Roll or press the dough onto a floured surface to approximately a 1/4 inch thick. Personally, I find pressing it into a large square and cutting into 9 pieces is easiest, but you can also use a round cutter.
Cook the cakes on a medium-hot griddle or heavy frying pan for about four minutes per side. They should be golden on both side and soft in the middle. Then dust with caster sugar.
They taste fantastic while hot off the pan, but can be saved for about a week in an airtight container (though I don’t know how they would last that long without being eaten). You can also eat them with a little butter or jam on top.
Mixed Spice, Caster sugar, Self-rising flour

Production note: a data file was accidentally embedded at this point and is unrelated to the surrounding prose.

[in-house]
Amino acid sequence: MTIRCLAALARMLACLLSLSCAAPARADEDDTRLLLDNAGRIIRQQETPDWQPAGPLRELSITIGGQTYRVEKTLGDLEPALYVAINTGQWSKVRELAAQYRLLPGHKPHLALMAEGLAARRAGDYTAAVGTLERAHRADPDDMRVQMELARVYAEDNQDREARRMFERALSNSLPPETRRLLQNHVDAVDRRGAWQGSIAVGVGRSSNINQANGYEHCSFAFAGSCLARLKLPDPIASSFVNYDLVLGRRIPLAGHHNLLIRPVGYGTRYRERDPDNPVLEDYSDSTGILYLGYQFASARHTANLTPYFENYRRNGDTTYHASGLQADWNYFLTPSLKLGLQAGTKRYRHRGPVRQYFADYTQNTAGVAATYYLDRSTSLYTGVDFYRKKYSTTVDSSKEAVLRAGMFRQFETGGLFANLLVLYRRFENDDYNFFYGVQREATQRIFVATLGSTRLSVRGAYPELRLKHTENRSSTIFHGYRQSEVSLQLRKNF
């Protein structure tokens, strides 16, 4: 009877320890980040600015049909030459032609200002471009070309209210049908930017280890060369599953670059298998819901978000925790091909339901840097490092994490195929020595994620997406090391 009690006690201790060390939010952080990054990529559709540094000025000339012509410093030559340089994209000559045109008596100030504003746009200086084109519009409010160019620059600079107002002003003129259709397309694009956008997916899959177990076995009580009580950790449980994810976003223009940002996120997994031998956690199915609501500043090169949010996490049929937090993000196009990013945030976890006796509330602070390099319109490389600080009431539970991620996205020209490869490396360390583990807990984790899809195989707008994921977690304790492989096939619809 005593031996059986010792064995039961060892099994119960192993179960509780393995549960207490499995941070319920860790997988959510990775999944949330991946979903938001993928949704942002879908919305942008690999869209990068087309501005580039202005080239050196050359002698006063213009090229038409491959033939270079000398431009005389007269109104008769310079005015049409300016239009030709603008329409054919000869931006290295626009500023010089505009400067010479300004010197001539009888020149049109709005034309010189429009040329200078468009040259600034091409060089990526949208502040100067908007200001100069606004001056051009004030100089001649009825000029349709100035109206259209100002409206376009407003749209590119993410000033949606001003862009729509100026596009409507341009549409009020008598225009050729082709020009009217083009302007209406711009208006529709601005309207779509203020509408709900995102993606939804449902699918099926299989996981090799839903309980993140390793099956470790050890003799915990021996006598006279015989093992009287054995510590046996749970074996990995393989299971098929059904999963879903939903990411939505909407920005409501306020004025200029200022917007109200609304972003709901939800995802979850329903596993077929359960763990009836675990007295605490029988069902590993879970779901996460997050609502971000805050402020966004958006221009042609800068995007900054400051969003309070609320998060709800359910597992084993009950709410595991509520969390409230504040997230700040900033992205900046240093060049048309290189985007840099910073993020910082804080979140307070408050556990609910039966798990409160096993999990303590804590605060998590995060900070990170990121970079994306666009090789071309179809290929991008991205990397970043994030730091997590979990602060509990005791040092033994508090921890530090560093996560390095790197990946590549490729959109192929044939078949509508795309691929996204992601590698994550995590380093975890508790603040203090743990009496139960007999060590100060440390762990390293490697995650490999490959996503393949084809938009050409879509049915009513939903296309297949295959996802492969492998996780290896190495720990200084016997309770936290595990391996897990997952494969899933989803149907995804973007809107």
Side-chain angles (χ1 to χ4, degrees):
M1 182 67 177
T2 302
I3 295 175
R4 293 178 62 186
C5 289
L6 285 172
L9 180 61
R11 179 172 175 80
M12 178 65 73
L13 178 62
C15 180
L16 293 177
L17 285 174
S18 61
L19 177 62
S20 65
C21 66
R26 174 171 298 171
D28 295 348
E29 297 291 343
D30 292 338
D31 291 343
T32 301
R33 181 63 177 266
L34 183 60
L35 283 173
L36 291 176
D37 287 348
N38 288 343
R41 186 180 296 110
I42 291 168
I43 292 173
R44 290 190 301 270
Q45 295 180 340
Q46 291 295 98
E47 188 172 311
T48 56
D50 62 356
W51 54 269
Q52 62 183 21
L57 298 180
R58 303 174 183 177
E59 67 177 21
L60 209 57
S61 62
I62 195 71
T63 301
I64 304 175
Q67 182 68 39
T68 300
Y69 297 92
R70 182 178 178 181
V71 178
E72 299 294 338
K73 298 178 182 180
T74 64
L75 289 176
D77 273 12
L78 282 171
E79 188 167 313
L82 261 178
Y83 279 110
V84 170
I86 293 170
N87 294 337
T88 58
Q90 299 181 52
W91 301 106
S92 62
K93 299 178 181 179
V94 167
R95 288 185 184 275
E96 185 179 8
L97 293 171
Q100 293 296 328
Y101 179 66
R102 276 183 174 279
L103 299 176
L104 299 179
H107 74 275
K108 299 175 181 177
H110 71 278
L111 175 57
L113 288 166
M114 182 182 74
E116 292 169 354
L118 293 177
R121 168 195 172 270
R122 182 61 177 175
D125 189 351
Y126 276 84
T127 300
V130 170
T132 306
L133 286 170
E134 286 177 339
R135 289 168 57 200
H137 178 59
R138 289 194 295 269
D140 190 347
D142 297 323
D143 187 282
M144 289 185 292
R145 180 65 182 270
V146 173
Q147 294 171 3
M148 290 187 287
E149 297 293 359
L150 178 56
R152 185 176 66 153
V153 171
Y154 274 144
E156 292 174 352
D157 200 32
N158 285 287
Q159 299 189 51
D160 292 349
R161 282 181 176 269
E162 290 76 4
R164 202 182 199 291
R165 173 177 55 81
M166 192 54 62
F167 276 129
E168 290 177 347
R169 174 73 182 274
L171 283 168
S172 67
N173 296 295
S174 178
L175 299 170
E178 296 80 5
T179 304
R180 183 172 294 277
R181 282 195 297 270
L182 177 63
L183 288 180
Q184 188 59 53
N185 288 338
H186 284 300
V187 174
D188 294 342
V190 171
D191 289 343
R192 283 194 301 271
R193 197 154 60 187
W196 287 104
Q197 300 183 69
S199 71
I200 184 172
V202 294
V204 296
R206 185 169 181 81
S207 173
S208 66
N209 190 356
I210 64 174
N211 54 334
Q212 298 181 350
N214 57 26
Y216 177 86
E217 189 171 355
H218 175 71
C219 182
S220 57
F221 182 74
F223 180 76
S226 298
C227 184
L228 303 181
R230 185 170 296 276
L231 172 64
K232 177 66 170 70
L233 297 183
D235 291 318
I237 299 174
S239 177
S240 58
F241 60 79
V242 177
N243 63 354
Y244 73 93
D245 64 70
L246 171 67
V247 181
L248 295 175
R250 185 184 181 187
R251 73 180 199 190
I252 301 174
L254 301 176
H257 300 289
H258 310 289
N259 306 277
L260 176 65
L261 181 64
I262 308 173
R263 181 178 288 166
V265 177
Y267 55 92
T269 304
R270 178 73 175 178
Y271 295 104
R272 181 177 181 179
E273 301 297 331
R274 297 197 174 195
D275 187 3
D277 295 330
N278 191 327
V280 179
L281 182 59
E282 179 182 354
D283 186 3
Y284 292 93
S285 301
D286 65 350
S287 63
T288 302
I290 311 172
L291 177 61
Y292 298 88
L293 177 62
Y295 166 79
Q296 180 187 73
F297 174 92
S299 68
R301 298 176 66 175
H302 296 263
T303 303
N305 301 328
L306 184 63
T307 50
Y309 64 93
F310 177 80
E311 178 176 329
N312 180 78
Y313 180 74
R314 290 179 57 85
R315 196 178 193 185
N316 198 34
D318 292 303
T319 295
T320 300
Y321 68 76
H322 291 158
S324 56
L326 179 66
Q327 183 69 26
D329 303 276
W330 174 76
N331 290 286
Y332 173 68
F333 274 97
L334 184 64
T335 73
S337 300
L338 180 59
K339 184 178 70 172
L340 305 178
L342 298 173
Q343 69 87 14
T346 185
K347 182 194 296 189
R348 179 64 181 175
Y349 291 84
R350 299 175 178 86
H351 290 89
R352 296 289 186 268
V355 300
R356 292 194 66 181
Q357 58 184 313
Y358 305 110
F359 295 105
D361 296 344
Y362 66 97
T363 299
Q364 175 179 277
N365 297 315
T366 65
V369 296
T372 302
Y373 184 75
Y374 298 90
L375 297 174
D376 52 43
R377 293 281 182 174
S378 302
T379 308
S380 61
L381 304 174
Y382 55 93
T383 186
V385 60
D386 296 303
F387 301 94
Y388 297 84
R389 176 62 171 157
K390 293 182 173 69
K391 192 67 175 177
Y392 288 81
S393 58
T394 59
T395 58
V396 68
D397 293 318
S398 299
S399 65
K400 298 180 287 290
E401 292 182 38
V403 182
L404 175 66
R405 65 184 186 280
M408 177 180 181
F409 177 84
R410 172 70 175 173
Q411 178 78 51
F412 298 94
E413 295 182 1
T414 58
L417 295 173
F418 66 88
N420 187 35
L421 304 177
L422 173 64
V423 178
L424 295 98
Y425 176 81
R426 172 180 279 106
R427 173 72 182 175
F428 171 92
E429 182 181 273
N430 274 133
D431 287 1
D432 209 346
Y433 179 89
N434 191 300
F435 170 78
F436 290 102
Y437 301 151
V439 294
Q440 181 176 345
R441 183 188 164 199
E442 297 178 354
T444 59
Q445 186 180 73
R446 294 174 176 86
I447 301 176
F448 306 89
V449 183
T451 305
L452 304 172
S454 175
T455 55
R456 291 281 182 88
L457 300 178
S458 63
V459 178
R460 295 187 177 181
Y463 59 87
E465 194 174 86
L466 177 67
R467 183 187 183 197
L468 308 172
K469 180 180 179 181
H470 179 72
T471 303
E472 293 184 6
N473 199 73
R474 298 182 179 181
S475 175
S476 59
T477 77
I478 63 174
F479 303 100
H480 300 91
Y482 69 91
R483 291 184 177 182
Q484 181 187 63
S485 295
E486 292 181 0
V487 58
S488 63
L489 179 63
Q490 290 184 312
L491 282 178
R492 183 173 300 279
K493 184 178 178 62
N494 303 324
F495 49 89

These three things are not typically found in the average kitchen in the US, so here’s how to make them.
Mixed Spice: Mix together 2 teaspoons allspice, cloves, ginger, and nutmeg. Add in 1 tablespoon of cinnamon and 1 teaspoon each cardamom and coriander.
Caster sugar: This is super-fine (but not powdered) sugar. All you need to do is take regular granulated sugar and stick it in a food processor or blender for a few seconds. At $5 a pound at the supermarket, it’s a lot cheaper this way.
Self-rising flour: This is easy to make as well. 1 cup of all-purpose flour, 1/2 teaspoon of salt, and 1.5 teaspoons baking powder. That’s it!